Credit markets continue to swoon and affect not only the residential mortgage industry but also commercial real estate.
The credit crunch has eliminated a major source of debt for developing or acquiring commercial real estate — commercial-mortgage backed securities. These are pools of loans with varying degrees of risk sold to investors.
According to industry trade newsletter Commercial Mortgage Alert, CMBS firms originated $332 billion in loans last year. This year it’s expected to be half that. Last month marked the first time in 18 years that not a single loan pool went to market.
“It’s dead this month,” said Mike Gorney, a principal with WexTrust Equity Partners in Nashville.
For Nashville, more developers may have to delay plans for new projects. Already, projects such as Signature Tower, Westin downtown and others have been delayed in part because of financing.
The crunch could mean lower sales prices for those selling their commercial property and possibly slower sales volume this year, real estate industry professionals say.
Tougher terms are affecting return on investment calculations. And, sellers may decide to wait out the storm and pull back from the market instead of taking lower prices, brokers said.
Tom Frye, managing director of CB Richard Ellis in Nashville and a former banker, said prices for commercial properties could drop as much as 25 percent because the buyers won’t be able to get the desired returns with higher equity requirements.
Gorney said it’s now back to basics “like the old days.” Buyers work with “balance-sheet lenders,” those that keep the loans on their own books instead of selling them in the pools, he said.
That means bringing more equity to the table and the 20 percent cash and 80 percent debt ratio becomes the norm again.
Commercial properties with assumable debt, good loan-to-value ratios could be prime buying targets. Frye said these may not require a lot of equity and could have a good rate if refinanced in 2005-2007.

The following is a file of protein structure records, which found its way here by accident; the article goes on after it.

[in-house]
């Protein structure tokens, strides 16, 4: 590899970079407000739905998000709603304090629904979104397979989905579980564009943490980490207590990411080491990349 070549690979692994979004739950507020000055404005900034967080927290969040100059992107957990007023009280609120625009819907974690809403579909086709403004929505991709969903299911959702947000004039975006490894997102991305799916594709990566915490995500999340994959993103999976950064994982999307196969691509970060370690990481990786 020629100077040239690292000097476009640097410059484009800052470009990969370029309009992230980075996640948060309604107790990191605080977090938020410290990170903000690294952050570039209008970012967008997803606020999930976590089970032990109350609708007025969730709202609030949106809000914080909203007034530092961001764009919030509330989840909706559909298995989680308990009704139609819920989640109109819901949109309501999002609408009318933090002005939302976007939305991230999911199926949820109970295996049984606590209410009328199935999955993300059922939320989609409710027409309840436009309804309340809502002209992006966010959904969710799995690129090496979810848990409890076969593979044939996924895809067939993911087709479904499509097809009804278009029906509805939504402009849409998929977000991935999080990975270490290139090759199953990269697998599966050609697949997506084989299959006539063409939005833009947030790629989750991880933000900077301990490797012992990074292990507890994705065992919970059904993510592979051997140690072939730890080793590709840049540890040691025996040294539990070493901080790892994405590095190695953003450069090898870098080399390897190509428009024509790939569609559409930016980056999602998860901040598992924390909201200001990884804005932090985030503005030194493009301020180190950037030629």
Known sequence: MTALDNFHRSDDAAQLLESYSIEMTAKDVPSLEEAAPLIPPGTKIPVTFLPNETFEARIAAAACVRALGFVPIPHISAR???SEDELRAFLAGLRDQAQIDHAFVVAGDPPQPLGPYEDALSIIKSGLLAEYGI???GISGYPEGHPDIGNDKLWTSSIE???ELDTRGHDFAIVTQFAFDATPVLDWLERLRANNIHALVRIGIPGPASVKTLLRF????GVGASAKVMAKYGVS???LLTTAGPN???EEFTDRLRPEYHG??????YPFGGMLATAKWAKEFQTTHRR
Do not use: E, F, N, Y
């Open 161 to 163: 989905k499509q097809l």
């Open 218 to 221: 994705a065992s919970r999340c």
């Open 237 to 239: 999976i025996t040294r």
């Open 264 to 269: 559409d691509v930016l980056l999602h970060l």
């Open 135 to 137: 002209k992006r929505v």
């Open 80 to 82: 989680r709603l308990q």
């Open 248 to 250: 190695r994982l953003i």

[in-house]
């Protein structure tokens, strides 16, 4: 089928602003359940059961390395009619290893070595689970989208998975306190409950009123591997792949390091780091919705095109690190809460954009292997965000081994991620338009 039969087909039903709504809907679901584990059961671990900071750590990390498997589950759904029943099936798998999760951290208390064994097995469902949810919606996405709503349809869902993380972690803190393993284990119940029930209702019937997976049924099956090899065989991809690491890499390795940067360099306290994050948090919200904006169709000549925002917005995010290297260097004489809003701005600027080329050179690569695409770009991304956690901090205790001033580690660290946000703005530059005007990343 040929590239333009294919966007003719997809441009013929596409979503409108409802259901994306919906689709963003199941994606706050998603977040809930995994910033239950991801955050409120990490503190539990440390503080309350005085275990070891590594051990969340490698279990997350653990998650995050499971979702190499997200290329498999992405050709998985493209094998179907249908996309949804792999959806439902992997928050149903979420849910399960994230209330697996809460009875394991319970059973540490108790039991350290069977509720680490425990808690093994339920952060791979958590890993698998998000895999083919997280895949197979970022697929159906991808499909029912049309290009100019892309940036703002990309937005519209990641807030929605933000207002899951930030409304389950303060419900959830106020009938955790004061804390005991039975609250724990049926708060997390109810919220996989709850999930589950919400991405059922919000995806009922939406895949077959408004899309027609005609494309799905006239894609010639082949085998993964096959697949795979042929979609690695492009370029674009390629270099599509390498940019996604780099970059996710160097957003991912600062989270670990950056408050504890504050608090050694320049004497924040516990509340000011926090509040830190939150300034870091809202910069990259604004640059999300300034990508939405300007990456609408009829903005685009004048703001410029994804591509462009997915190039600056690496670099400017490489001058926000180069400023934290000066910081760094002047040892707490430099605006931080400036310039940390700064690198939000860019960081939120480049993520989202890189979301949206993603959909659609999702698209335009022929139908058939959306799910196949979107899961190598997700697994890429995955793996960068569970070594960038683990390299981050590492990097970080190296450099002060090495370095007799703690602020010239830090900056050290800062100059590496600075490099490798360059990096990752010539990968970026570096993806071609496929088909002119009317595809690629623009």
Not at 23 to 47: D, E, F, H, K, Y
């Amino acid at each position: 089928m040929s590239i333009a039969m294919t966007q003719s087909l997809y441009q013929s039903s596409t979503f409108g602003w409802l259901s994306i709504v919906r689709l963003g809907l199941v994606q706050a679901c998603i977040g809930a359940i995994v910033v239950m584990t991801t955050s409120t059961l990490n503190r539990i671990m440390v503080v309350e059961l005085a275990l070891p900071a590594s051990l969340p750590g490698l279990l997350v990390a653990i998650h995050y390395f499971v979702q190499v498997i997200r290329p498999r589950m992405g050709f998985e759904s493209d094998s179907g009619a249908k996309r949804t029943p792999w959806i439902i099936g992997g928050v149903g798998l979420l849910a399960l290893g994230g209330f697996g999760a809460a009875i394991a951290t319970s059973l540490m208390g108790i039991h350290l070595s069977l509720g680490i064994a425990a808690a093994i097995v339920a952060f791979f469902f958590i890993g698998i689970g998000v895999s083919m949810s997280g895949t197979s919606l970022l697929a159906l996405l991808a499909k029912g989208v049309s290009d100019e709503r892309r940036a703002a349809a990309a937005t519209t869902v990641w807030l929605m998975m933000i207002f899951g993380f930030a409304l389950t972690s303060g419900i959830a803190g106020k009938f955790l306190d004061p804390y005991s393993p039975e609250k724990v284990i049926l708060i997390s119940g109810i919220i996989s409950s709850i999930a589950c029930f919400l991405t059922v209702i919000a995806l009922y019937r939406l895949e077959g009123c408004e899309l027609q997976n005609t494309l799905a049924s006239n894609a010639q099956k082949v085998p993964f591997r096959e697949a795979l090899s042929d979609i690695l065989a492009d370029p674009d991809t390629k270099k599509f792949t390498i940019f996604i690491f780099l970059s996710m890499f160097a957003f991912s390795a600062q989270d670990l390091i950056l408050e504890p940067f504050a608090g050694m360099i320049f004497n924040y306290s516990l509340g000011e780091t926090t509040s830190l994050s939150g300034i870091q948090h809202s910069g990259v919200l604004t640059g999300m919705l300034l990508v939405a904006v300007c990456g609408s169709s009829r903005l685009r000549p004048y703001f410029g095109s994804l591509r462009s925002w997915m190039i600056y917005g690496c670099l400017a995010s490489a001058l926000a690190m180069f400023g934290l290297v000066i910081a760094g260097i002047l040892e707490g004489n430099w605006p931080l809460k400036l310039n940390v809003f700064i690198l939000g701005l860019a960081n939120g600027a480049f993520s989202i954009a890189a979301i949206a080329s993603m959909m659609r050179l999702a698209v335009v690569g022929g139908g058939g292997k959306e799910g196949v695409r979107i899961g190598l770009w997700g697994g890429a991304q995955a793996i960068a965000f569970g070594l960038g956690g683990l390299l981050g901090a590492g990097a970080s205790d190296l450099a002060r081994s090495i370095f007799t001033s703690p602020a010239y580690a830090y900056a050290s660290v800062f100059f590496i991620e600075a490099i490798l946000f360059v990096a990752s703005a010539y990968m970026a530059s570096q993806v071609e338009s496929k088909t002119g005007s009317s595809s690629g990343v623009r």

“Those are the most valuable properties in the country,” Frye said.
The CMBS market got crushed basically by what was happening with the residential loan pools — laden with sub-prime mortgages — that were going bad. Frye noted that across the country residential delinquencies nearly doubled, rising from 800,000 at the beginning of 2006 to 1.5 million at the end of the year.
Meanwhile, delinquencies with the CMBS pools were three tenths of 1 percent, Frye said.
“It’s good paper,” he said. “There are a bunch of people out there who are going to be buying those CMBS pools at deep discounts.”
Real estate experts say that means more cash in the deal and collateral. Second mortgages, known as mezzanine debt, are probably not in the picture for a while.
“Mezzanine lending for all intents and purposes is dead,” Frye said.
Gorney and others said it’s probably not so bad that the commercial lending markets cooled.
“It’s good because the lending terms were getting out of control,” Frye said.
In particular, lenders were loaning 90 percent of the value or 10-year, no interest loans.
Debt rating agency Moody’s Investors Services sent a shot across the bow last April by in putting out that it would alter how it rated the debt, noting the increased aggressiveness in lending terms. That cooled the market some. But them the sub-prime piece hit, rippling through to the commercial side.
Developers got caught holding short-term debt when the bottom fell out of the credit markets last summer.
New York developer Harry Macklowe became a poster child for the commercial credit crunch. Macklowe is on the hook for more than $6 billion on seven New York City skyscrapers and trying to fend off foreclosure. He got stuck when credit tightened and he couldn’t get a long-term debt on the property.
Real estate developers and brokers had hoped the credit markets would begin to ease.
“No one knows how long it will take,” said Lance Patterson, president of Atlanta-based Barry Real Estate Cos., which is developing Pinnacle at Symphony Place in downtown Nashville.
Barry recently pulled in financing from former NBA star Magic Johnson’s Canyon-Johnson Urban Fund. The developer won’t need to look for permanent long-term financing for two years or so when the building is complete and leased up.
“Certainly we hope that the debt markets aren’t as challenging as they are today,” Patterson said.